Friday, June 24, 2011

Scarlet Fever Outbreak: Should We Worry?

Scarlet fever—the much-feared scourge of the past—is back, with an outbreak in Hong Kong that has killed two children and sickened hundreds. More than 21,000 cases have also been reported in China so far this year, nearly quadruple the rate for the same period in 2010, while infections have tripled in Macau, prompting the Centers for Disease Control (CDC) to issue a warning to travelers to China, Hong Kong, and Macau.

The Science of Microbiology (Thinkstock)
What makes the outbreak particularly alarming is that the strain infecting the region is 60 percent resistant to antibiotics commonly used to treat it, compared to 10 to 30 percent resistance in previous strains, according to a microbiologist from Hong Kong University, reports the Taipei Times. Officials expect the outbreak to continue over the summer. Just how dangerous is scarlet fever--and does the outbreak pose a threat to Americans? Here’s a closer look at this infectious disease.
What’s behind the reemergence of scarlet fever? Although scarlet fever is no longer as lethal as it was in the 19th century—when it ranked as a leading cause of death in kids—the disease has never fully disappeared. Between 1999 and 2006, there were 9,400 cases of scarlet fever in the US, according to Yahoo! News. Hong Kong scientists who isolated the bacteria in a six-year-old patient found a genetic mutation that may make the new strain more contagious than usual, which could explain the dramatic rise in cases in the affected region.
Is the outbreak likely to spread to the US? So far, there are no reports of any surge in scarlet fever cases in the US. Health authorities warn travelers to Hong Kong, China and Macau to wash their hands frequently and avoid crowded places that lack fresh air to reduce the risk of catching the disease.
What causes scarlet fever? The same bacteria that cause strep throat trigger scarlet fever: Group A streptococcus. In order to cause scarlet fever, the bacteria must produce a certain toxin. It causes a skin reaction, leading to the characteristic bright red rash that gives the disease its name.
The Group A strep bacteria that spark scarlet fever were also the culprits in the 1990 death of Jim Henson, creator of the Muppets, at age 53. Like the child in Hong Kong, he developed toxic shock syndrome, the deadly disorder that struck women who used a certain brand of tampons in the 1980s and developed staphylococcal infections. In Henson's case, the reason for his strep A infection is unknown, but his illness also included pneumonia, one of the complications of scarlet fever. The bacterial infection progressed with such frightening speed that by the time he went to the hospital, antibiotic treatment was administered too late to save his life. Health authorities believe that Group A strep is becoming more potent and strikes more often than in past, the NY Times reports.
How is it spread? The infection is transmitted through airborne droplets released when an infected person coughs or sneezes. You can also catch it by touching surfaces contaminated by the spray and sharing beverages, food, or eating utensils with an infected person. In rare cases, scarlet fever can be spread by contaminated food, Medscape reports. The incubation period is 12 hours to 7 days and people with the disease can infect others before the symptoms show up.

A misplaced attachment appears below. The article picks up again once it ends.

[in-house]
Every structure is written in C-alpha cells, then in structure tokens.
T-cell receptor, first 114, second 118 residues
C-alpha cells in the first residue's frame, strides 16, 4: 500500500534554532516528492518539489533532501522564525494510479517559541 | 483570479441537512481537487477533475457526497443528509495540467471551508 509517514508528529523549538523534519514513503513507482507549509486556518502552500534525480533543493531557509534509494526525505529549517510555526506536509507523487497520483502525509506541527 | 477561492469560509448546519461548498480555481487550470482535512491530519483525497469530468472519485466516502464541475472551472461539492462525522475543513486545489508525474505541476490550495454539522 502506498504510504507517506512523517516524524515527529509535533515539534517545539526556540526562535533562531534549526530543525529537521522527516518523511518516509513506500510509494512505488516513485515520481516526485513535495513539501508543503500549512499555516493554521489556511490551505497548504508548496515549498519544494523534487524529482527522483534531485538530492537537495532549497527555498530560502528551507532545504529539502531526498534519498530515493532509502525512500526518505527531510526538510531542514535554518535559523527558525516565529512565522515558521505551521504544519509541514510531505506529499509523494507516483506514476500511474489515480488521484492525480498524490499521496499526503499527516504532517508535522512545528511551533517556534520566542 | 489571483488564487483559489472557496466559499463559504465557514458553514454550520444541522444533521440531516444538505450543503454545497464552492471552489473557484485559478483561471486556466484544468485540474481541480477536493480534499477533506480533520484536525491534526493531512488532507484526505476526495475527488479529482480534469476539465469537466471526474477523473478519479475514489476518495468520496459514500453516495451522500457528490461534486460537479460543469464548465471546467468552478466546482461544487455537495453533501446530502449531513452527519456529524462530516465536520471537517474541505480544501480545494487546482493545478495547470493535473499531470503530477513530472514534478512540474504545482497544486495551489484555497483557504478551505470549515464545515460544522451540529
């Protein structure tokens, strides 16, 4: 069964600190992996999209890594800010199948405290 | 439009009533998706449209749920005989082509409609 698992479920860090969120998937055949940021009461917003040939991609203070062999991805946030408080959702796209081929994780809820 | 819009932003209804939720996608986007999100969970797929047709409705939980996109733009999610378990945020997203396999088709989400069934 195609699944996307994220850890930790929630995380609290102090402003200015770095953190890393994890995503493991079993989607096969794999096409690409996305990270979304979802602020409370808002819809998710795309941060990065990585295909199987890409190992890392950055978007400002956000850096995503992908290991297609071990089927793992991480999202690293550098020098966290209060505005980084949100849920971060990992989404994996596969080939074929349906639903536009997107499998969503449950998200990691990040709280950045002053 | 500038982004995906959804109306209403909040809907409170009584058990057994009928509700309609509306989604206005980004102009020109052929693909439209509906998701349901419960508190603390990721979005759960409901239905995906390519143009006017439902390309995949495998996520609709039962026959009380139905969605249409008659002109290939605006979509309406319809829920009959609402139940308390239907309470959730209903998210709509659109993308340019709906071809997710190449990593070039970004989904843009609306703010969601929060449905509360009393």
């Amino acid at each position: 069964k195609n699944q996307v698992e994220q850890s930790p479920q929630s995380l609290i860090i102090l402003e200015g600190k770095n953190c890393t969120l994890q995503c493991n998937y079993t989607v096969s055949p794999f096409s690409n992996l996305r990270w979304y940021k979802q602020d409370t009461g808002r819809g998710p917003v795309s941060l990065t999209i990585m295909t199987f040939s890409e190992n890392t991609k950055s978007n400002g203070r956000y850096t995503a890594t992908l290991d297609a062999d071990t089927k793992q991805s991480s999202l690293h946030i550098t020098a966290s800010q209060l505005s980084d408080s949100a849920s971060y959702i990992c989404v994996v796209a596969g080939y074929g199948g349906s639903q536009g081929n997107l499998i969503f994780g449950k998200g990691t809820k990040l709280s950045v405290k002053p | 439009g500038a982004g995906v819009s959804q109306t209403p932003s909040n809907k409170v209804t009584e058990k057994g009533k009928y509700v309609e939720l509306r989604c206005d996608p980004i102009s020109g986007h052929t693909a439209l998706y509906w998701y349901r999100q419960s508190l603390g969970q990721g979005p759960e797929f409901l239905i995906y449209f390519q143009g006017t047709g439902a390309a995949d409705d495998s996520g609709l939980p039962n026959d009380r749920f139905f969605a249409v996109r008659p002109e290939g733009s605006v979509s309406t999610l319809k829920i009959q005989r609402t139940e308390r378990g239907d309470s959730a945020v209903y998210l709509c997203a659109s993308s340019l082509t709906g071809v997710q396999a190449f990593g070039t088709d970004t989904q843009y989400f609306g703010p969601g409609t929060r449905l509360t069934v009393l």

What are the symptoms? The hallmark of scarlet fever is a sunburn-like rash with tiny red bumps that makes the skin feel rough, like sandpaper. The patient’s tongue often resembles a strawberry--red and bumpy—or may have a whitish coating. Other symptoms include a fever of 101 or higher, a red, sore throat that makes swallowing painful, swollen glands, and less commonly, vomiting or belly pain. After the rash fades, skin on the fingertips and toes may peel.
Who is at risk? Although anyone can get scarlet fever, it is most likely to strike school-age children, according to the CDC. All of the reported Hong Kong cases have occurred in kids. People who have been exposed to the bacteria in the past are usually immune. Medscape reports that about 80 percent of people over the age of 10 have developed lifelong protective antibodies against the disease.
How serious is scarlet fever? If treated promptly, it usually clears up without any serious complications. However, if it goes untreated, the bacteria can spread to the tonsils, sinuses, skin, ears, and blood. More serious cases can lead to pneumonia, middle ear infections, rheumatic fever, kidney disease, arthritis, and toxic shock, the condition that killed one of the children in the Hong Kong outbreak.
What is the treatment? Scarlet fever is treated with antibiotics, rest and fluids. Although the Hong Kong strain is resistant to some of the antibiotics used to treat the disease, penicillin still works. Antibiotic resistant bacteria are a growing health threat worldwide, as more and more bacteria are mutated to be resistant to some or all of the common antibiotics, as a result of overuse of these medications.
What are the best ways to prevent scarlet fever? The CDC recommends washing your hands frequently and avoiding sharing eating utensils, linens, towels and other personal items. It’s particularly crucial for anyone with a sore throat to wash his or her hands frequently, to reduce the risk of spreading the bacteria. The germs are most easily transmitted in close quarters, putting family members at risk if there is an infected person in the household. There is no vaccine to prevent scarlet fever or strep throat.

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